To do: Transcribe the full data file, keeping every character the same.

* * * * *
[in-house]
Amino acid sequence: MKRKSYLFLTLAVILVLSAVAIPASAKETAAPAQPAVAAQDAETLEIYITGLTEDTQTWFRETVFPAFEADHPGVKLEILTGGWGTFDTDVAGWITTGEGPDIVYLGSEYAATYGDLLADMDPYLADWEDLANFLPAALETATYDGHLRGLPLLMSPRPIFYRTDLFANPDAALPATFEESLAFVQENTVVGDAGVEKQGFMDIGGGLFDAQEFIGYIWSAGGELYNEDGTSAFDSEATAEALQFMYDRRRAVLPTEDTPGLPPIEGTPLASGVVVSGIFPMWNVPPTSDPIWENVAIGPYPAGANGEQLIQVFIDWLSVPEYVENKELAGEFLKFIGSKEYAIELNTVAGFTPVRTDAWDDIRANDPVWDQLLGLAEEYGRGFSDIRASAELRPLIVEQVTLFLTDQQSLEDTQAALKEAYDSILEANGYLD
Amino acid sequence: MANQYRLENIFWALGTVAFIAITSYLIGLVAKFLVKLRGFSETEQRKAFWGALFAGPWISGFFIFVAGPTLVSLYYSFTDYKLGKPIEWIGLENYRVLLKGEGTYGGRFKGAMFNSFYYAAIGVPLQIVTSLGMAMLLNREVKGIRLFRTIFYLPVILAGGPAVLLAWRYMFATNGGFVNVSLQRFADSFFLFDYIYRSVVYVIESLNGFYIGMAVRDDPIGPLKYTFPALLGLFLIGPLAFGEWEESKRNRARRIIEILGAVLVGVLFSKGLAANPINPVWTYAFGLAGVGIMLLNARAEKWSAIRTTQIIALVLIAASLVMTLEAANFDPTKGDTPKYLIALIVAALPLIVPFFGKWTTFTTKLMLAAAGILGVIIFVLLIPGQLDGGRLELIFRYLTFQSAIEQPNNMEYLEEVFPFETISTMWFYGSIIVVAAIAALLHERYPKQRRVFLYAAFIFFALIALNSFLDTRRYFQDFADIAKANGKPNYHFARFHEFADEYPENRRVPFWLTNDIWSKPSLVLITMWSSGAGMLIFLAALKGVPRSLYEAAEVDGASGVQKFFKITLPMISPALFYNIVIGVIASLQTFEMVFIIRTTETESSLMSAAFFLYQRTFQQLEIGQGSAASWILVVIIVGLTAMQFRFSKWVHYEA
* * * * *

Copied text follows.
[in-house]
Amino acid sequence: MKRKSYLFLTLAVILVLSAVAIPASAKETAAPAQPAVAAQDAETLEIYITGLTEDTQTWFRETVFPAFEADHPGVKLEILTGGWGTFDTDVAGWITTGEGPDIVYLGSEYAATYGDLLADMDPYLADWEDLANFLPAALETATYDGHLRGLPLLMSPRPIFYRTDLFANPDAALPATFEESLAFVQENTVVGDAGVEKQGFMDIGGGLFDAQEFIGYIWSAGGELYNEDGTSAFDSEATAEALQFMYDRRRAVLPTEDTPGLPPIEGTPLASGVVVSGIFPMWNVPPTSDPIWENVAIGPYPAGANGEQLIQVFIDWLSVPEYVENKELAGEFLKFIGSKEYAIELNTVAGFTPVRTDAWDDIRANDPVWDQLLGLAEEYGRGFSDIRASAELRPLIVEQVTLFLTDQQSLEDTQAALKEAYDSILEANGYLD
Amino acid sequence: MANQYRLENIFWALGTVAFIAITSYLIGLVAKFLVKLRGFSETEQRKAFWGALFAGPWISGFFIFVAGPTLVSLYYSFTDYKLGKPIEWIGLENYRVLLKGEGTYGGRFKGAMFNSFYYAAIGVPLQIVTSLGMAMLLNREVKGIRLFRTIFYLPVILAGGPAVLLAWRYMFATNGGFVNVSLQRFADSFFLFDYIYRSVVYVIESLNGFYIGMAVRDDPIGPLKYTFPALLGLFLIGPLAFGEWEESKRNRARRIIEILGAVLVGVLFSKGLAANPINPVWTYAFGLAGVGIMLLNARAEKWSAIRTTQIIALVLIAASLVMTLEAANFDPTKGDTPKYLIALIVAALPLIVPFFGKWTTFTTKLMLAAAGILGVIIFVLLIPGQLDGGRLELIFRYLTFQSAIEQPNNMEYLEEVFPFETISTMWFYGSIIVVAAIAALLHERYPKQRRVFLYAAFIFFALIALNSFLDTRRYFQDFADIAKANGKPNYHFARFHEFADEYPENRRVPFWLTNDIWSKPSLVLITMWSSGAGMLIFLAALKGVPRSLYEAAEVDGASGVQKFFKITLPMISPALFYNIVIGVIASLQTFEMVFIIRTTETESSLMSAAFFLYQRTFQQLEIGQGSAASWILVVIIVGLTAMQFRFSKWVHYEA